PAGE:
Recording-industry titan Sony BMG Music Entertainment agreed yesterday to pay $10 million and stop bribing radio stations to feature its...
NEW YORK — Recording-industry titan Sony BMG Music Entertainment agreed yesterday to pay $10 million and stop bribing radio stations to feature its artists in what a state official called a more sophisticated generation of the payola scandals of decades ago.
The agreement springs from an investigation by New York state Attorney General Eliot Spitzer, who called the practice “pervasive” in the industry and suggested other music-industry giants could face similar penalties.
Pay-for-play “is driving the industry, and it is wrong,” Spitzer told reporters.
Sony BMG, whose various labels include hundreds of artists from Tony Bennett to the Dixie Chicks, said some of its employees had engaged in “wrong and improper” practices.
Most Read Stories
- Seattle once again nation’s fastest-growing big city; population exceeds 700,000 | FYI Guy
- What drivers can and cannot do under Washington state's new distracted-driving law
- Cause of death of Seahawk Hall of Famer Cortez Kennedy remains unclear as family, friends struggle with his passing
- Four months in, ‘Seattle’s only Trump voter’ has his doubts | Danny Westneat
- Officer hailed for taking down cop killer costs Seattle $165,000 in civil-rights claims
A 1960 federal law and related state laws bar record companies from offering undisclosed financial incentives in exchange for airplay. The practice was called “payola,” a contraction of “pay” and “Victrola,” the old wind-up record player.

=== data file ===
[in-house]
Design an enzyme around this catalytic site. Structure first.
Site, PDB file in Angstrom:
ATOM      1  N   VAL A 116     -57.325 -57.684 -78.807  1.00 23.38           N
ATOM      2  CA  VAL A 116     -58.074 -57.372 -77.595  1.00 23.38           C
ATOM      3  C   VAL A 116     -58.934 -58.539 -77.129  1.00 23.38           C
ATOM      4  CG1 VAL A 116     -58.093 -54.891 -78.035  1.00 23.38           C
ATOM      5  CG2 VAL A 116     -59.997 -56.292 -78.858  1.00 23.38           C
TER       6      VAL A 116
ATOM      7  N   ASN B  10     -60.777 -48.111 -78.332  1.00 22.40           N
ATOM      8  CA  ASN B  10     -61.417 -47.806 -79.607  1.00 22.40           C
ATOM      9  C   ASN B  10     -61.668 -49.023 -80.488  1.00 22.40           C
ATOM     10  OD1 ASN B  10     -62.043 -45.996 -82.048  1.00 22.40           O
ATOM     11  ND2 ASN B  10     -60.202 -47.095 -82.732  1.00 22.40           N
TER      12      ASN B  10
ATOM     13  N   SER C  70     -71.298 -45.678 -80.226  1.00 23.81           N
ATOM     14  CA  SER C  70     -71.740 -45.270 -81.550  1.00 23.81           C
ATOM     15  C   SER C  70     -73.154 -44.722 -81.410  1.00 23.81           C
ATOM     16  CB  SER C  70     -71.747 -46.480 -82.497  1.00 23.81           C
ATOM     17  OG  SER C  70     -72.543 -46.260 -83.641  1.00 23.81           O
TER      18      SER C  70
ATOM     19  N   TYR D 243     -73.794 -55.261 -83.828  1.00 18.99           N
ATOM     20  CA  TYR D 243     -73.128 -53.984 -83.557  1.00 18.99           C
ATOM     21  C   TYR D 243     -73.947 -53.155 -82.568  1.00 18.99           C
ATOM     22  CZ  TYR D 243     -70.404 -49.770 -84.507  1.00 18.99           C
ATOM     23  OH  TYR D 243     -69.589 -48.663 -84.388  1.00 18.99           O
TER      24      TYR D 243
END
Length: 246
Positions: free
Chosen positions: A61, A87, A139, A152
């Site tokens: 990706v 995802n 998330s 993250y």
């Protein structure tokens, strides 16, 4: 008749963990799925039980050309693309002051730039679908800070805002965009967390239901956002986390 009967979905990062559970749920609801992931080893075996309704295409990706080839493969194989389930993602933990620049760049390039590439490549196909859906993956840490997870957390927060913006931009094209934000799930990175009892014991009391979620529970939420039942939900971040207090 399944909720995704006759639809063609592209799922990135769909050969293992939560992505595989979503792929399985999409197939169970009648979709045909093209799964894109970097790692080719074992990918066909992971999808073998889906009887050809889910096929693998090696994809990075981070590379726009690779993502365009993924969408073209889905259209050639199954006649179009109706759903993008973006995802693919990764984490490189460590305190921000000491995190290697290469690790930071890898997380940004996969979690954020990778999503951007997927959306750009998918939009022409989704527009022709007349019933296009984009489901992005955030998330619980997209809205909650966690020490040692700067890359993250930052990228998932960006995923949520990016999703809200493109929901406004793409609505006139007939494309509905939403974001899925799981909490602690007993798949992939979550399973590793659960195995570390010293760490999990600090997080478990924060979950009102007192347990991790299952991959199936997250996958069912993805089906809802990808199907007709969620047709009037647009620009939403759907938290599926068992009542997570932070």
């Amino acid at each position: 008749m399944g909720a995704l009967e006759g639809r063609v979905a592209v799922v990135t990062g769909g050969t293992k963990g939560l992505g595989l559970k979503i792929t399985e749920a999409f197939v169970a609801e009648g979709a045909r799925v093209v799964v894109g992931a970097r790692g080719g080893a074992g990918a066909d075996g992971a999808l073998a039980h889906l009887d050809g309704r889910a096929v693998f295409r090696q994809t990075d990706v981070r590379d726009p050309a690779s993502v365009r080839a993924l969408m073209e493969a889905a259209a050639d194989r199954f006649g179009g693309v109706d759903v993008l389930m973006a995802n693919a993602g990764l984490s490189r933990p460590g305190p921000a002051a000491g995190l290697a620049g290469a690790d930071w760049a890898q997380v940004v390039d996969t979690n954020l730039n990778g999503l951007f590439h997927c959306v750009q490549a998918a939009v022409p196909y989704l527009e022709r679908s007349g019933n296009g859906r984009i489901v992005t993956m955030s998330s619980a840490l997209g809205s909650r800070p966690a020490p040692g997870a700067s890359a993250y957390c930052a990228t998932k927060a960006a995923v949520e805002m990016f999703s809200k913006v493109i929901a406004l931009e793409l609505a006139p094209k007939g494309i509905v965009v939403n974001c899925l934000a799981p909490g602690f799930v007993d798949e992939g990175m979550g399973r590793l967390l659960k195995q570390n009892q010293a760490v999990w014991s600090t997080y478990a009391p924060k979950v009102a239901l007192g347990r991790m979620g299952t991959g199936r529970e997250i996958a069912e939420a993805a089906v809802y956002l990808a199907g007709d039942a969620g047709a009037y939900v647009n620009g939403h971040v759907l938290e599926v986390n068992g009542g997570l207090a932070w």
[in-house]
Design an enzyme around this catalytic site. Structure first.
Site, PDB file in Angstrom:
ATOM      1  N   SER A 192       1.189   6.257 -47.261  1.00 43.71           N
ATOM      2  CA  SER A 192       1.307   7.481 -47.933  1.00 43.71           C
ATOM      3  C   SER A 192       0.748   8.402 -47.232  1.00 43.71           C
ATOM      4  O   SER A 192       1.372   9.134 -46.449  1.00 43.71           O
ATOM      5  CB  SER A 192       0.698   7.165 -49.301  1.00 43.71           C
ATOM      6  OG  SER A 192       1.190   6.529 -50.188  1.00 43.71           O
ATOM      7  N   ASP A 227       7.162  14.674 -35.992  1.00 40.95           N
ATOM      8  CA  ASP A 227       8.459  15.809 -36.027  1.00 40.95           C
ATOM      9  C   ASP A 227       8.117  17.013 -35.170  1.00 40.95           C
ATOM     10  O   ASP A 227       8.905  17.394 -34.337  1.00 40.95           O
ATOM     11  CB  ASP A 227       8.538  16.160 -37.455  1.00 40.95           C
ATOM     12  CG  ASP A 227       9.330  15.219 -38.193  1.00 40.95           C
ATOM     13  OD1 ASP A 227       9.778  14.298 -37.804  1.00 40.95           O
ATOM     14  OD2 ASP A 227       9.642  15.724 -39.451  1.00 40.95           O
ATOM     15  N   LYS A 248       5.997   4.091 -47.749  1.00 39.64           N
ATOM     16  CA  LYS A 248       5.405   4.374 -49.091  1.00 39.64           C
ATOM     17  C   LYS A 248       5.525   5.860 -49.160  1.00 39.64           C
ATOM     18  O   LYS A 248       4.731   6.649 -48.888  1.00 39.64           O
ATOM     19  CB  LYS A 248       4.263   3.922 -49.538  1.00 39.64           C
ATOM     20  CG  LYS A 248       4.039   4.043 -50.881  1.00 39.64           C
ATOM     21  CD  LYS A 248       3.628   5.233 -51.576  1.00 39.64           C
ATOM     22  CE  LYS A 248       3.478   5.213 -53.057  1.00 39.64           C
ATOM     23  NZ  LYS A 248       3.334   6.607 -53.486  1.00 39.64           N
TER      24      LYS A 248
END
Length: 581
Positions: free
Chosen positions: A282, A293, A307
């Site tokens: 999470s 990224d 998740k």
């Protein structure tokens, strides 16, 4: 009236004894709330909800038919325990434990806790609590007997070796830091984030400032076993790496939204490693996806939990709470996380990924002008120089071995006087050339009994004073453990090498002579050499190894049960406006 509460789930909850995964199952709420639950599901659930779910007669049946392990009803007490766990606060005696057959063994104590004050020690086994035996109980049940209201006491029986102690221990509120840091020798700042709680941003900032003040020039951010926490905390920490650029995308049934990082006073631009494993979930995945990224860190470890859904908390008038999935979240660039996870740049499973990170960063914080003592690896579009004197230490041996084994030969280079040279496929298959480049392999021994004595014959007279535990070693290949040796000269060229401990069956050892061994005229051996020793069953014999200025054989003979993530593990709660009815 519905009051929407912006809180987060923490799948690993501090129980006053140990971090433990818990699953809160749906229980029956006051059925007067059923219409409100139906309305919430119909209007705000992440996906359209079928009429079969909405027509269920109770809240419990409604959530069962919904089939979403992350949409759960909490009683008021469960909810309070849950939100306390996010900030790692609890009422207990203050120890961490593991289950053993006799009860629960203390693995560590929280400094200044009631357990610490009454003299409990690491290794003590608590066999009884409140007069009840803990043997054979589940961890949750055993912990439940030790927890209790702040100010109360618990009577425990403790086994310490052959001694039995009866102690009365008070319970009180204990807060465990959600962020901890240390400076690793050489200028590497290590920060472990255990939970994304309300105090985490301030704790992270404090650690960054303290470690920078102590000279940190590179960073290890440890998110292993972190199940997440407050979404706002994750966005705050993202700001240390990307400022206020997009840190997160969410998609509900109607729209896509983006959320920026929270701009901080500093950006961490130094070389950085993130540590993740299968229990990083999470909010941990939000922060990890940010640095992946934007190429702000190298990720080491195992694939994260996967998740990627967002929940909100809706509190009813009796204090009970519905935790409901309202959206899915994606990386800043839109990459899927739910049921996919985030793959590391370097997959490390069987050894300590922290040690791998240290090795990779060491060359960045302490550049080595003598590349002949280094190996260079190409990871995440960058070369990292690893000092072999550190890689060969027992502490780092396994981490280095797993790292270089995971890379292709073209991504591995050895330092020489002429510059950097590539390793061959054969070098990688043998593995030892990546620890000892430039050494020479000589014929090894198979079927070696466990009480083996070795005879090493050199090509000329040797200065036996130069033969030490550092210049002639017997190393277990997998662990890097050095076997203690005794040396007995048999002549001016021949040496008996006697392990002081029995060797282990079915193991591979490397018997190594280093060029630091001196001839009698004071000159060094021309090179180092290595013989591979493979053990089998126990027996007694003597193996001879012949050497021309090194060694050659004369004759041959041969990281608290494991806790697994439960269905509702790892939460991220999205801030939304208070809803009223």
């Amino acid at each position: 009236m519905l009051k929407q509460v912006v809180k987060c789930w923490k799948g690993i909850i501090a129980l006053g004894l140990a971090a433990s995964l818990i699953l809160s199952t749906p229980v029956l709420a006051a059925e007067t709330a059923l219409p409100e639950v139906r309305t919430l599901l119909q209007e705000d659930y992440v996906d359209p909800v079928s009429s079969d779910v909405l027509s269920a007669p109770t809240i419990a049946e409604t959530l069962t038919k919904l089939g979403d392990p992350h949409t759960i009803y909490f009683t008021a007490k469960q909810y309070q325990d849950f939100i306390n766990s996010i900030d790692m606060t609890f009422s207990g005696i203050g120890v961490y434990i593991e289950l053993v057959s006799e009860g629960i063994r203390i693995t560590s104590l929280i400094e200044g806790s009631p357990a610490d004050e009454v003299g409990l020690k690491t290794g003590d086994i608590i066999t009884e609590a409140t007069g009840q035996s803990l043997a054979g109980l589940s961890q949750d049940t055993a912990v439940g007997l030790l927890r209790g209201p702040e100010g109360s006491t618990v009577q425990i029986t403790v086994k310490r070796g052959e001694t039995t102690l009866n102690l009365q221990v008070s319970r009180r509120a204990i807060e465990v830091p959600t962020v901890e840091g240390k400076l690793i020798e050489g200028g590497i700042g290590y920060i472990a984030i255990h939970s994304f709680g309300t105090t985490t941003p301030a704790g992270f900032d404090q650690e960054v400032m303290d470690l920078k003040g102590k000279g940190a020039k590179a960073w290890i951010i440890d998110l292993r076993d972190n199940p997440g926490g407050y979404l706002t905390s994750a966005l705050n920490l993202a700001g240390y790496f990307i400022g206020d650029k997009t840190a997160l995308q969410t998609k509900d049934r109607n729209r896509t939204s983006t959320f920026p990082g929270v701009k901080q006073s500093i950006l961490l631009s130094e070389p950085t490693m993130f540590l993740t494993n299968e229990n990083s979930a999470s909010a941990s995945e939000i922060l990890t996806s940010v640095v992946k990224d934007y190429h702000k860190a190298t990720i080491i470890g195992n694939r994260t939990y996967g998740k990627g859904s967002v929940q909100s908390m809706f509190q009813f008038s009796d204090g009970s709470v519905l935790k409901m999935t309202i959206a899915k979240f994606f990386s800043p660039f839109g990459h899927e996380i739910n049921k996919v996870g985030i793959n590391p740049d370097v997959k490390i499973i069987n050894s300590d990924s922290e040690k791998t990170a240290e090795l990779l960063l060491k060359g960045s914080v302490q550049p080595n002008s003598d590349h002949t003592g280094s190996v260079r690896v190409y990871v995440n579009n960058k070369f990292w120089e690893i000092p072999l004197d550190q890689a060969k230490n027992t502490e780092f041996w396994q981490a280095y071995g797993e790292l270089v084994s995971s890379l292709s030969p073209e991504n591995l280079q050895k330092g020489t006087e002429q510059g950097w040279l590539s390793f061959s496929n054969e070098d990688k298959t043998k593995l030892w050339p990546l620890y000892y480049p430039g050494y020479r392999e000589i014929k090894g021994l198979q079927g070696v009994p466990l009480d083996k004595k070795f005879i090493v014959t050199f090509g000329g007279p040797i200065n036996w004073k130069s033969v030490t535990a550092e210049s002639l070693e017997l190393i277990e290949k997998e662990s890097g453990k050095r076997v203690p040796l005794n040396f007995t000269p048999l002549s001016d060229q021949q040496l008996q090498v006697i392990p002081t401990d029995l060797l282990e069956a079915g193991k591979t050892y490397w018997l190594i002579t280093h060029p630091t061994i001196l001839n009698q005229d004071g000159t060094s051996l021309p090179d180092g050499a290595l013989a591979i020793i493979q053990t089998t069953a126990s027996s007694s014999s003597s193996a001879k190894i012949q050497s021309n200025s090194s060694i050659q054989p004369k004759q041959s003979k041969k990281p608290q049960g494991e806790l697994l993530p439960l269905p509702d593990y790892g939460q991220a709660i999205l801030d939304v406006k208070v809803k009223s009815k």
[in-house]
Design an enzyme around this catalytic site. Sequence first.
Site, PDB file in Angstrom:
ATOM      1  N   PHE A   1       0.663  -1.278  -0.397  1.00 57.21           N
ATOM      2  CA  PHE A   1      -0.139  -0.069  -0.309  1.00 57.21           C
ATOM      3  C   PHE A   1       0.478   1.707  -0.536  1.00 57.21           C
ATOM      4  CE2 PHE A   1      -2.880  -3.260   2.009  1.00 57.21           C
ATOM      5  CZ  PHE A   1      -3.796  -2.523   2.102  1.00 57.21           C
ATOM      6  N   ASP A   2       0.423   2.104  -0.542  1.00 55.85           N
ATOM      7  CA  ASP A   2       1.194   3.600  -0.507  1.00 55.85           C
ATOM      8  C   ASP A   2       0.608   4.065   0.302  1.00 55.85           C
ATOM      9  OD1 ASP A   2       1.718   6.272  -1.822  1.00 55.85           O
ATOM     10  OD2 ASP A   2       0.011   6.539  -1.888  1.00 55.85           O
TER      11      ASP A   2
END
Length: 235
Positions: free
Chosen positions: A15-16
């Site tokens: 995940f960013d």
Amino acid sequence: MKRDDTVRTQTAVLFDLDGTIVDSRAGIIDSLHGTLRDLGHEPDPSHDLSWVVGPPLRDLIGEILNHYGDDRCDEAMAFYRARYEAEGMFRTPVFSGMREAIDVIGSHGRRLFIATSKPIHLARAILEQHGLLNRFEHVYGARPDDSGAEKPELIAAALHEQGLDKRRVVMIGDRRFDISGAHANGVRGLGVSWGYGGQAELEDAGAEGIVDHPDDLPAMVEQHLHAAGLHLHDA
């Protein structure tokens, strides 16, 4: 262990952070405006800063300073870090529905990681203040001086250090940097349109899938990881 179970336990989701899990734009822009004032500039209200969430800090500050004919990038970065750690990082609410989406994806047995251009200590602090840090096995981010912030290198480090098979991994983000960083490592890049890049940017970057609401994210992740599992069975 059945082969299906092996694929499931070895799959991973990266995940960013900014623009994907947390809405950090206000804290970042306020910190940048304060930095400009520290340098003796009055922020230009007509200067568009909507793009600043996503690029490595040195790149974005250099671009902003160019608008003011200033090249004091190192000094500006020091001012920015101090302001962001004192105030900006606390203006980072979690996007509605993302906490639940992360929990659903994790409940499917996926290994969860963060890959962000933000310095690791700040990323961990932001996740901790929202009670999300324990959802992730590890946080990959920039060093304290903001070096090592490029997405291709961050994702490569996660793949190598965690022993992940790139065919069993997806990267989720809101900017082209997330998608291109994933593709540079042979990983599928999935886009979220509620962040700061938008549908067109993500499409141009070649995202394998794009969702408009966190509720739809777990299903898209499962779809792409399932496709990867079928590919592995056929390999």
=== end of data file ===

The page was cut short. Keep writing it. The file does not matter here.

Asked why he did not bring criminal charges in the case, Spitzer noted the criminal laws governing pay-for-play are more specific and difficult to violate than the civil laws.
Companies in the recording industry depend heavily on airplay for their artists. Airplay boosts sales and helps recordings climb the charts.
Spitzer said Sony BMG’s efforts to win more airplay took many forms, including outright bribes of cash and electronics to radio stations and paying for contest giveaways for listeners.
Jonathan Adelstein, a member of the Federal Communications Commission (FCC), said Spitzer “appears to have found a whole arsenal of smoking guns.”
“We need to investigate each particular instance that Spitzer has uncovered to see if it is a violation of federal law. This is a potentially massive scandal,” he said.
Spitzer has asked for documents from three other major recording-industry names — EMI, Warner Music Group and Universal Music Group. While Spitzer would not talk specifically about investigations into those companies, he said the payola problem goes “way beyond Sony BMG.”